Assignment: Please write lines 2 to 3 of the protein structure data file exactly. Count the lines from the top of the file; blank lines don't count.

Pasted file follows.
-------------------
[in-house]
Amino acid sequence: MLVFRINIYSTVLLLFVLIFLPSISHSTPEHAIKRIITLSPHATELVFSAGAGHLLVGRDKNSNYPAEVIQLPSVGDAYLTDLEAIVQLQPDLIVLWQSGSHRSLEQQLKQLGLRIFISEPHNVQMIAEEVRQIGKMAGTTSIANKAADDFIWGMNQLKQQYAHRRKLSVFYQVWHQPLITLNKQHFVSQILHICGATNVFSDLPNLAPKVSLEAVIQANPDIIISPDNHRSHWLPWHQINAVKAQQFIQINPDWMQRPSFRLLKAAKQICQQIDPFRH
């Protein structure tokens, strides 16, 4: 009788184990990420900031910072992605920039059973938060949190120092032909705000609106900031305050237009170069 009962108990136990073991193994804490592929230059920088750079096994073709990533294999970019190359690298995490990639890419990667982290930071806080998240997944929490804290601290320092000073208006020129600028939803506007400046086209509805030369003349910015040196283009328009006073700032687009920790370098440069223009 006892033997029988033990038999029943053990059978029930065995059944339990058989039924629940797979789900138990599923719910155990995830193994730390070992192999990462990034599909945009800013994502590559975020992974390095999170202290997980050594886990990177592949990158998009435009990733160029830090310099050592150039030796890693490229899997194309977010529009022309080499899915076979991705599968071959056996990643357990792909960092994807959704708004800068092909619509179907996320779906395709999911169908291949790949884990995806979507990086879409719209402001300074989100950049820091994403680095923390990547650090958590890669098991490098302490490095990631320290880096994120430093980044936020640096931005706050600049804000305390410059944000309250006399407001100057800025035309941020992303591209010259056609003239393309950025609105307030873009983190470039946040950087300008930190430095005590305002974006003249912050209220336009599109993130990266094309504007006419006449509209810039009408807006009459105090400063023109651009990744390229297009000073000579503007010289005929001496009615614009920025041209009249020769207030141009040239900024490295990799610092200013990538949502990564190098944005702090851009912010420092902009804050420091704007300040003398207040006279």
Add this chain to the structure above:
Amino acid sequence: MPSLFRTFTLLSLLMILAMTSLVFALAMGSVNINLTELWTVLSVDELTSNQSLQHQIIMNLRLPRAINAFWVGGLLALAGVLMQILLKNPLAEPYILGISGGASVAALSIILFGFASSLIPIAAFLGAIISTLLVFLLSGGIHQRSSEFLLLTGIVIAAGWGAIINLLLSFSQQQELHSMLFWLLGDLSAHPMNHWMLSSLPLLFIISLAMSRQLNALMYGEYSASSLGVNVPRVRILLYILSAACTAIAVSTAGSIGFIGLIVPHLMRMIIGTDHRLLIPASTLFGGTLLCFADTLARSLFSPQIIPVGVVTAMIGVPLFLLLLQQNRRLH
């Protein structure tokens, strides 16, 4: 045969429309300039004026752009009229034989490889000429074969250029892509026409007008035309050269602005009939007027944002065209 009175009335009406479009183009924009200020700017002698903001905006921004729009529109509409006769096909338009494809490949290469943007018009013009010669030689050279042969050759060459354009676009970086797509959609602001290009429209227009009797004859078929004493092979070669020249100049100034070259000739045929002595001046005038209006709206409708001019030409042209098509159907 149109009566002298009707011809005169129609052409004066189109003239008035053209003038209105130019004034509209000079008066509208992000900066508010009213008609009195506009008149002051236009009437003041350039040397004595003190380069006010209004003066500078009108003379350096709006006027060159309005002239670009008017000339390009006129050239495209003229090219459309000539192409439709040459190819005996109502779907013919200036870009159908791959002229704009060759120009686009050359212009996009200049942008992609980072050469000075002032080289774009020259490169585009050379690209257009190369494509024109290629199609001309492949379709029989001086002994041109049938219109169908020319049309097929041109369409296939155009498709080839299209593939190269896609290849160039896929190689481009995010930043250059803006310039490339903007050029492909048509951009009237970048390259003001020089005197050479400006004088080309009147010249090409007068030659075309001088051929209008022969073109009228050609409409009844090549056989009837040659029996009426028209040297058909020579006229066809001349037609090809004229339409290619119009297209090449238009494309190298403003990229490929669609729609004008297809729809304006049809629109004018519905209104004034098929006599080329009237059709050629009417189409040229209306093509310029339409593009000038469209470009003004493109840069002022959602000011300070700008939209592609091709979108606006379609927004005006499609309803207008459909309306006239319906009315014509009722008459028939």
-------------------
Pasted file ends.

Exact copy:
Amino acid sequence: MLVFRINIYSTVLLLFVLIFLPSISHSTPEHAIKRIITLSPHATELVFSAGAGHLLVGRDKNSNYPAEVIQLPSVGDAYLTDLEAIVQLQPDLIVLWQSGSHRSLEQQLKQLGLRIFISEPHNVQMIAEEVRQIGKMAGTTSIANKAADDFIWGMNQLKQQYAHRRKLSVFYQVWHQPLITLNKQHFVSQILHICGATNVFSDLPNLAPKVSLEAVIQANPDIIISPDNHRSHWLPWHQINAVKAQQFIQINPDWMQRPSFRLLKAAKQICQQIDPFRH
């Protein structure tokens, strides 16, 4: 009788184990990420900031910072992605920039059973938060949190120092032909705000609106900031305050237009170069 009962108990136990073991193994804490592929230059920088750079096994073709990533294999970019190359690298995490990639890419990667982290930071806080998240997944929490804290601290320092000073208006020129600028939803506007400046086209509805030369003349910015040196283009328009006073700032687009920790370098440069223009 006892033997029988033990038999029943053990059978029930065995059944339990058989039924629940797979789900138990599923719910155990995830193994730390070992192999990462990034599909945009800013994502590559975020992974390095999170202290997980050594886990990177592949990158998009435009990733160029830090310099050592150039030796890693490229899997194309977010529009022309080499899915076979991705599968071959056996990643357990792909960092994807959704708004800068092909619509179907996320779906395709999911169908291949790949884990995806979507990086879409719209402001300074989100950049820091994403680095923390990547650090958590890669098991490098302490490095990631320290880096994120430093980044936020640096931005706050600049804000305390410059944000309250006399407001100057800025035309941020992303591209010259056609003239393309950025609105307030873009983190470039946040950087300008930190430095005590305002974006003249912050209220336009599109993130990266094309504007006419006449509209810039009408807006009459105090400063023109651009990744390229297009000073000579503007010289005929001496009615614009920025041209009249020769207030141009040239900024490295990799610092200013990538949502990564190098944005702090851009912010420092902009804050420091704007300040003398207040006279």